In the early stages of developing a web-based class in exercise physiology, it became apparent that the instructor had to have abilities not only to develop interactive web sites, but to assure that the course content was being designed and delivered. As we soon discovered, teaching at a distance effectively was very different from the traditional lecture-based format, even for the most experienced. It is recommended that future distance learning instructors attend formal training workshops and/or clinics in order to properly prepare for the multifaceted aspects of putting together a web-based program.

Of greater importance is the need to have the proper hardware and technological support in place prior to designing the program. In our case, we were able to utilize two computer laboratories, a fully equiped human performance lab and an audio/visual lab to assist in the delivery of course content. Because our lectures were web-based, students with home computers having Internet capabilities were able to logon from their residence. Additionally, it was necessary to have media and computer experts to assist with troubleshooting and advise us when problems arose either with the design or configuration of our web sites on the Internet.

The foundation to our web-based class in exercise physiology centered on the development of Internet oriented lectures and practice quizzes. Additionally, students were instructed to view video-based presentations and perform outside laboratory assignments in exercise physiology on their own. The software we used in developing our lectures was Adobe Pagemill. This software was found to be the user-friendliest. Most graphics, illustrations, digital movies and other images can be dragged into Pagemill web pages without having a vast knowledge of HTML language. This saved us all a significant amount of time and energy. Additionally, Microsoft PowerPoint 98 was used in creating outlined lectures in HTML format. The advantage to PowerPoint 98 is that the HTML saving feature allows web site designers to transfer traditional PowerPoint presentations to HTML presentations with the click of a button. PowerPoint directs one through a Wizard (series of questions) and upon completion, the presentation is created automatically into a bundled file, ready to be downloaded onto a server. Due to the complexities of integrating digital movies, audio advanced images and email links, some HTML language changes were made after the presentations were created.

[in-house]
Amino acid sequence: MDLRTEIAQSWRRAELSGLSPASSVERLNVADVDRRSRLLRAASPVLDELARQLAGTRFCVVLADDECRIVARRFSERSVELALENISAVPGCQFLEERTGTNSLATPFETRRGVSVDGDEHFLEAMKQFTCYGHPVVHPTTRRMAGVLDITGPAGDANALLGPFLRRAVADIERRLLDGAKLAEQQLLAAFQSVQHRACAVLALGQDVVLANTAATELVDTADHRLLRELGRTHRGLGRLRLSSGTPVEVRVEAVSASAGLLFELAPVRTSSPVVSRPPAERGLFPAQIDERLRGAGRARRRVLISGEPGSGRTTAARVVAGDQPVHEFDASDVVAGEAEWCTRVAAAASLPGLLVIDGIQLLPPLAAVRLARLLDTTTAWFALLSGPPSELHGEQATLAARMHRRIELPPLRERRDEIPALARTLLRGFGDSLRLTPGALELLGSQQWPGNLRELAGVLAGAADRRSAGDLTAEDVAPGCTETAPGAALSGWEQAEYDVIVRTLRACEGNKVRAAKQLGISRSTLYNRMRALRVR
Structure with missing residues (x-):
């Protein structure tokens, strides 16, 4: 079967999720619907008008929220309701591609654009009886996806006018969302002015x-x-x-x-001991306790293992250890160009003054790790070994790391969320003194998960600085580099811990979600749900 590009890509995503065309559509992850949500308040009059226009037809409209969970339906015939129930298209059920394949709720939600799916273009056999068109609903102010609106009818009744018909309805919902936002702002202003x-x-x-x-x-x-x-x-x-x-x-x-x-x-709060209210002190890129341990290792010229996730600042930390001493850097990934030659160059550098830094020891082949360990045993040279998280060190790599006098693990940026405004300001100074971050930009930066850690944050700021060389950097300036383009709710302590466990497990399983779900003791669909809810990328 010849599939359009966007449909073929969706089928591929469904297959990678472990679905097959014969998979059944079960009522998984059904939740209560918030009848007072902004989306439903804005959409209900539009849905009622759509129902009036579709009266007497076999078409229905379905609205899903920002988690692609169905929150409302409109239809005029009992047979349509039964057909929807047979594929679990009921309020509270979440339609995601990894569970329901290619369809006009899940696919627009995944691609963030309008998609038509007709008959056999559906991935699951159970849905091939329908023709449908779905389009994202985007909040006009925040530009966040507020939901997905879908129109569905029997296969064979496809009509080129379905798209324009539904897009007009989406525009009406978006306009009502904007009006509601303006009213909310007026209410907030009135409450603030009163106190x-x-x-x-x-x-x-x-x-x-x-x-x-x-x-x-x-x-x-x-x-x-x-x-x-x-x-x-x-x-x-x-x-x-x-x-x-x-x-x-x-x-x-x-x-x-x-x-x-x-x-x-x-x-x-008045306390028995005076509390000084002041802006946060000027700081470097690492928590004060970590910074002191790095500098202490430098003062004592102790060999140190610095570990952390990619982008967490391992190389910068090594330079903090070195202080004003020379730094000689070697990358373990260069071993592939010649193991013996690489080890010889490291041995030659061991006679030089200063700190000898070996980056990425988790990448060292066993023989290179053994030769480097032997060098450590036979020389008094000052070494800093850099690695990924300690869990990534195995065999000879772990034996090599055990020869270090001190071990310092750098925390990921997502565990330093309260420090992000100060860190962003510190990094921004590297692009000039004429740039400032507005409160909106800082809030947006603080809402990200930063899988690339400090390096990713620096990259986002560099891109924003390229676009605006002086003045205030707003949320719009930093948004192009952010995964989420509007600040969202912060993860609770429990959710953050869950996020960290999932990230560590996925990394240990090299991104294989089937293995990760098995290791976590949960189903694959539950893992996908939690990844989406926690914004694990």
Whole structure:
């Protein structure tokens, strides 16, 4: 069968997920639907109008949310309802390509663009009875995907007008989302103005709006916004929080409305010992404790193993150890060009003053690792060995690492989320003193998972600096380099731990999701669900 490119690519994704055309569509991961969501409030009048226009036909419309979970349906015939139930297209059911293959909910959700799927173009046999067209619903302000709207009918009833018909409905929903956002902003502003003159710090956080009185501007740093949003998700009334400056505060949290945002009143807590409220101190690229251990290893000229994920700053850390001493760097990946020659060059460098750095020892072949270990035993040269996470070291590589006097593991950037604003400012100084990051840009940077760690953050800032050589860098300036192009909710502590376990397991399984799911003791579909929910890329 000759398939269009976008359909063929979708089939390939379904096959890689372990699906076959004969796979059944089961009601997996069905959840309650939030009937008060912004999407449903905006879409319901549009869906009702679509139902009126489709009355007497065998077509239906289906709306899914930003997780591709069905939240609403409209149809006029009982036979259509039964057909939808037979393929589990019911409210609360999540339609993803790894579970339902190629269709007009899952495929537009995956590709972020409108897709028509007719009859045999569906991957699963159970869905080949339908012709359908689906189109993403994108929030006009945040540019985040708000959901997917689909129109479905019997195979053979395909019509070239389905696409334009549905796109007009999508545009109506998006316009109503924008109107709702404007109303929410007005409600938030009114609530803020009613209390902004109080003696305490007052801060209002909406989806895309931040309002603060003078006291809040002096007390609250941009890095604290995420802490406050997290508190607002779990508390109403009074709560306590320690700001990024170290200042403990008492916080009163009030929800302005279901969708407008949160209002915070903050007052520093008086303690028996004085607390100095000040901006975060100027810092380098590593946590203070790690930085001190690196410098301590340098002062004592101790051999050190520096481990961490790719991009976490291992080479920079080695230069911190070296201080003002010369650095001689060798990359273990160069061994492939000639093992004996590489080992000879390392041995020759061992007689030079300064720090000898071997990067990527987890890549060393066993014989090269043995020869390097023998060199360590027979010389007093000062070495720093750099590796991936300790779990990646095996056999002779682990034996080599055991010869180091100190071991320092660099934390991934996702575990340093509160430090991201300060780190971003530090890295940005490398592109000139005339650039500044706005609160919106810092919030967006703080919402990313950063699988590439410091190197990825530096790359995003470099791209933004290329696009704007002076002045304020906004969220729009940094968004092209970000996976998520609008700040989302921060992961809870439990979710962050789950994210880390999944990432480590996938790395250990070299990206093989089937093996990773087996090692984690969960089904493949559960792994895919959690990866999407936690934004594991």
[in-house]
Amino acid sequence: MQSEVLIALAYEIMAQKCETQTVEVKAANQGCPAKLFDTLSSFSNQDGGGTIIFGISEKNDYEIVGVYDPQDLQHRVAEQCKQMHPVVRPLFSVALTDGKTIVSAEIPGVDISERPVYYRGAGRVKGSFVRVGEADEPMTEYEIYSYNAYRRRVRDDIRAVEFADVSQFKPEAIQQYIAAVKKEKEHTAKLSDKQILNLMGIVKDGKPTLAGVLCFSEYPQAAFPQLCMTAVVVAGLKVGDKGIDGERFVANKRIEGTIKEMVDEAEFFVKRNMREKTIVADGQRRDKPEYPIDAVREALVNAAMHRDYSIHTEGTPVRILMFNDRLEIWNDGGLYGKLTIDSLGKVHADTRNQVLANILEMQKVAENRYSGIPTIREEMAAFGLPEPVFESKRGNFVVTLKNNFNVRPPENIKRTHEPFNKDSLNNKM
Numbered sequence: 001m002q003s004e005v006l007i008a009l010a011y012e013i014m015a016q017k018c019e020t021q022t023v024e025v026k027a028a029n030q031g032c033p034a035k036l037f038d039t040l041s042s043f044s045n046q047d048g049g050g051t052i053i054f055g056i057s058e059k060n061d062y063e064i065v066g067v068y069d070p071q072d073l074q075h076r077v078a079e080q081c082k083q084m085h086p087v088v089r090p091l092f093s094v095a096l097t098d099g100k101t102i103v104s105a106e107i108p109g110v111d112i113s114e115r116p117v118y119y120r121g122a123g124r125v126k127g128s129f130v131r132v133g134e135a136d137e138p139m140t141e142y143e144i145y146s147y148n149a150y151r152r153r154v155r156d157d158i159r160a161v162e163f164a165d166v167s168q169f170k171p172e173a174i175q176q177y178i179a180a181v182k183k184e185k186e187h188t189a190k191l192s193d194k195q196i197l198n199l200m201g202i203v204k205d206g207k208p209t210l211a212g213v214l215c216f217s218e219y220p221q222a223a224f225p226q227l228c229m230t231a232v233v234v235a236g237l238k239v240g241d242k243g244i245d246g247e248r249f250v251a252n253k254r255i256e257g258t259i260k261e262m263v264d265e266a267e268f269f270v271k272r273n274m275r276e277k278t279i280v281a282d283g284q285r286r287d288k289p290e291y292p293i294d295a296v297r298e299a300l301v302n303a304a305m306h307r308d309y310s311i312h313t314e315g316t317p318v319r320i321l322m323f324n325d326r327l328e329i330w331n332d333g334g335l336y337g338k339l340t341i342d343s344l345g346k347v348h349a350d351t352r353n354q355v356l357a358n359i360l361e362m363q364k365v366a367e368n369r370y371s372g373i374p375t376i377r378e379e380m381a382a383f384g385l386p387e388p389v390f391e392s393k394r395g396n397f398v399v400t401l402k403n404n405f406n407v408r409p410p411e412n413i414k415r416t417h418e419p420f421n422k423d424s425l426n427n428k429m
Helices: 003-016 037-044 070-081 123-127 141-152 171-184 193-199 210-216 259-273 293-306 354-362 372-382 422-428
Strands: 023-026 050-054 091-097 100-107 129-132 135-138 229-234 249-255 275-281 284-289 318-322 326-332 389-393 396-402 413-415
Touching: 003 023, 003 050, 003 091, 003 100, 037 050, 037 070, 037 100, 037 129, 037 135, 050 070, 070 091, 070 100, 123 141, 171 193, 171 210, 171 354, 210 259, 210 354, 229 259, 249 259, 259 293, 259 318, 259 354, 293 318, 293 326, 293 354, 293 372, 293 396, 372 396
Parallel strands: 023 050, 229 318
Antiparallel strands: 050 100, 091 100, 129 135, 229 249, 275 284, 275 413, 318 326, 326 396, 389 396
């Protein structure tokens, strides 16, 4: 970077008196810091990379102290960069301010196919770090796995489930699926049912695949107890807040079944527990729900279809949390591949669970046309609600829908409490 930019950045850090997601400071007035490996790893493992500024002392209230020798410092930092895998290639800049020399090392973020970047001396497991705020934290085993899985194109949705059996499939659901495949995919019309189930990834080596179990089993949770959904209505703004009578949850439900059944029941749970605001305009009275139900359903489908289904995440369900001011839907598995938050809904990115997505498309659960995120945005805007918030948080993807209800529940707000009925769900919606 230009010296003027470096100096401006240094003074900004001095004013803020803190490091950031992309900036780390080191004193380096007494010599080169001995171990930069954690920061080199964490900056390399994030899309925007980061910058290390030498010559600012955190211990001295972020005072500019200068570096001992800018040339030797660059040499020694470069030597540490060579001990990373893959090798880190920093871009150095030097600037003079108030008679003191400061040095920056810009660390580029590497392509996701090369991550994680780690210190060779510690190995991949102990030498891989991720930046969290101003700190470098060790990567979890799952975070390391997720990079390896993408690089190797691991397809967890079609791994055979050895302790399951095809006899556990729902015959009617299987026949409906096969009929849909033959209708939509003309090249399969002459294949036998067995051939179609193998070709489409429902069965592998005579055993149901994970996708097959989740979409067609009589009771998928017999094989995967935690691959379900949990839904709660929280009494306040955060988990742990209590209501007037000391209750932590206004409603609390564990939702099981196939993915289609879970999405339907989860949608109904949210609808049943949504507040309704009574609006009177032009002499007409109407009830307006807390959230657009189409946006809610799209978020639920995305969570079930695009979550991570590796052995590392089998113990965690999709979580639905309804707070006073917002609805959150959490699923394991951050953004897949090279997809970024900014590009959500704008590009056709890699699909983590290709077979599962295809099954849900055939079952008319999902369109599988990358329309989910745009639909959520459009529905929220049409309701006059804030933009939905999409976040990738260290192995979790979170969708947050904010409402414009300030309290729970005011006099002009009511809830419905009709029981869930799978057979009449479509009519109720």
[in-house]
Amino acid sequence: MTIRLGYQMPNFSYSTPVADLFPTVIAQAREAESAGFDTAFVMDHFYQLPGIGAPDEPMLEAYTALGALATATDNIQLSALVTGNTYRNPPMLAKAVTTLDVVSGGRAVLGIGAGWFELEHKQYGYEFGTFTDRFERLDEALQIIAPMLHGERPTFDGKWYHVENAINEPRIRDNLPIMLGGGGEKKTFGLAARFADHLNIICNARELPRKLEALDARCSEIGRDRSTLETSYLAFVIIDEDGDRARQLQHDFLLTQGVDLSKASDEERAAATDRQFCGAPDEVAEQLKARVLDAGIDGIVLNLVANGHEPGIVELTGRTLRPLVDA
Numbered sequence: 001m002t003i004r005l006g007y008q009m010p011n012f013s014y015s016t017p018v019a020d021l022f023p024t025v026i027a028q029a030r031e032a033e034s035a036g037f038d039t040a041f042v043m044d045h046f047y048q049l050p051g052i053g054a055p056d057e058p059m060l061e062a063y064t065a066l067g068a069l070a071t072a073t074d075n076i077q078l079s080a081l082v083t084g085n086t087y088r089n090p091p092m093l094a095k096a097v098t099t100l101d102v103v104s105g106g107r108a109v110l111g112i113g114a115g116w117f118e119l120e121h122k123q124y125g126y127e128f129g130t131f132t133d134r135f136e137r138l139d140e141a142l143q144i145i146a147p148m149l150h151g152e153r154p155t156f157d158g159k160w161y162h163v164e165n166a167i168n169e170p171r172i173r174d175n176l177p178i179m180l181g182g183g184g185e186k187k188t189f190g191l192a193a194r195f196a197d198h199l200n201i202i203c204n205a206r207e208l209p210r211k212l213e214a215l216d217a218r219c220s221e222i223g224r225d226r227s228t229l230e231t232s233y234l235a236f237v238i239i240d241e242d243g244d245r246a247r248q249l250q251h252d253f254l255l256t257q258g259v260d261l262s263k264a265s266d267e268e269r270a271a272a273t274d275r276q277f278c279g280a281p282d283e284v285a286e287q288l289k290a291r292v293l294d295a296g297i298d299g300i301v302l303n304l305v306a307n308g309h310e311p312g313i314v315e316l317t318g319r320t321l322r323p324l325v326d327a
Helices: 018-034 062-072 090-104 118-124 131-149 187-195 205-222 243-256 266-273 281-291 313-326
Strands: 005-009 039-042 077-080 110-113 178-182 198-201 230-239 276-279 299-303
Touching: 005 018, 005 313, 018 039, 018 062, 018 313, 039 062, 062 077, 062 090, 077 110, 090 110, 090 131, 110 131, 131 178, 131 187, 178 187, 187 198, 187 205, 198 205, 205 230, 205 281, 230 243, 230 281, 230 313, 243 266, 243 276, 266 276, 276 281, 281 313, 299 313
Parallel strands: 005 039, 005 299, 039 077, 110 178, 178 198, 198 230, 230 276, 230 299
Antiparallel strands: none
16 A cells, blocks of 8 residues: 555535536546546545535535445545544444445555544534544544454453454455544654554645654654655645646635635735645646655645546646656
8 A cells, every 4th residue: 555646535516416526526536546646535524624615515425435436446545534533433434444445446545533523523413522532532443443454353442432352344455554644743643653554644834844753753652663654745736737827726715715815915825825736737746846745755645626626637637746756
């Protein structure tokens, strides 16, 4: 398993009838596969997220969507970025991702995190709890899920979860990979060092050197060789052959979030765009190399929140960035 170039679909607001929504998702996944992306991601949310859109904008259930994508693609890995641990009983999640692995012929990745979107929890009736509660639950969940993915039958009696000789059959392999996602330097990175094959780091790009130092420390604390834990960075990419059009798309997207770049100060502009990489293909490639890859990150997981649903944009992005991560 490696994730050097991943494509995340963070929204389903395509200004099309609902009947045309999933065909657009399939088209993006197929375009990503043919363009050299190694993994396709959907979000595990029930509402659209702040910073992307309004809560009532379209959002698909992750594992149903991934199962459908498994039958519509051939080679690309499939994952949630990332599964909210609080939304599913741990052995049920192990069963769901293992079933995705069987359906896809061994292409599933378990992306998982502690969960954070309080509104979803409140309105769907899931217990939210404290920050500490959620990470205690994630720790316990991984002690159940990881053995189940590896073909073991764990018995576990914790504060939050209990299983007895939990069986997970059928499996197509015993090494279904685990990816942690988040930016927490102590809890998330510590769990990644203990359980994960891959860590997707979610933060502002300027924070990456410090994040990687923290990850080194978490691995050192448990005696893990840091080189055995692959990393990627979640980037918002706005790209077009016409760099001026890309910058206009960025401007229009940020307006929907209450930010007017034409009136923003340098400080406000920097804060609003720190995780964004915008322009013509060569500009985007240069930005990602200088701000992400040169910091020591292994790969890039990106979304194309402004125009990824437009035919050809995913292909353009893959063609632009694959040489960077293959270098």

Cognitive Evaluations
Student’s cognitive abilities were evaluated through two written examinations and five web-based practice quizzes. Due to the nature of the exercise physiology course materials, the instructor required that the students return to campus and take their mid-term and final examinations. One hundred True/False and multiple choice questions were given to students and compared to the results from the same tests given in the Fall of 1998 when the course was offered in a lecture-based format. The summary of these findings is presented later in this article.

Practice quizzes (n=5) utilized during the semester were intended for students to test their knowledge of the content and review those areas where they had identified weaknesses in. The practice quizzes were developed with Pagemill and linked to a database made with Claris FileMaker Pro. The computer professionals involved with overseeing the server where the exercise physiology program was located, helped us with the UNIX language needed to grade and provide feedback to students taking the quizzes. The advantage of having quiz results placed onto a FileMaker Pro database was that the results could be observed and monitored by the exercise physiology instructor who had access to these files. In order to assure that students were taking the practice quizzes, a percentage of their grade (10%) was based on their performance on the practice quizzes. The instructor allowed students to take the practice quizzes as many times as possible, until they had scored well enough to feel they had mastered the content.

Laboratory Tests and Assignments
Seventeen laboratory experiences were required to ensure that students would be able to make practical applications from lecture material. Students were able to download their lab forms off the Internet then perform their laboratory assignments either in their home locations or on campus in the Human Performance Laboratory. Such assignments as learning to take resting or active blood pressures and sub-VO2 Max tests could easily be accomplished in a clinic or at home. When laboratory assignments were completed, students were instructed to attach their lab forms (Word or WordPerfect format) to their email and forward them to the instructor. At the end of each lab assignment were questions pertaining to their results and how the results applied to what they had learned through the lectures.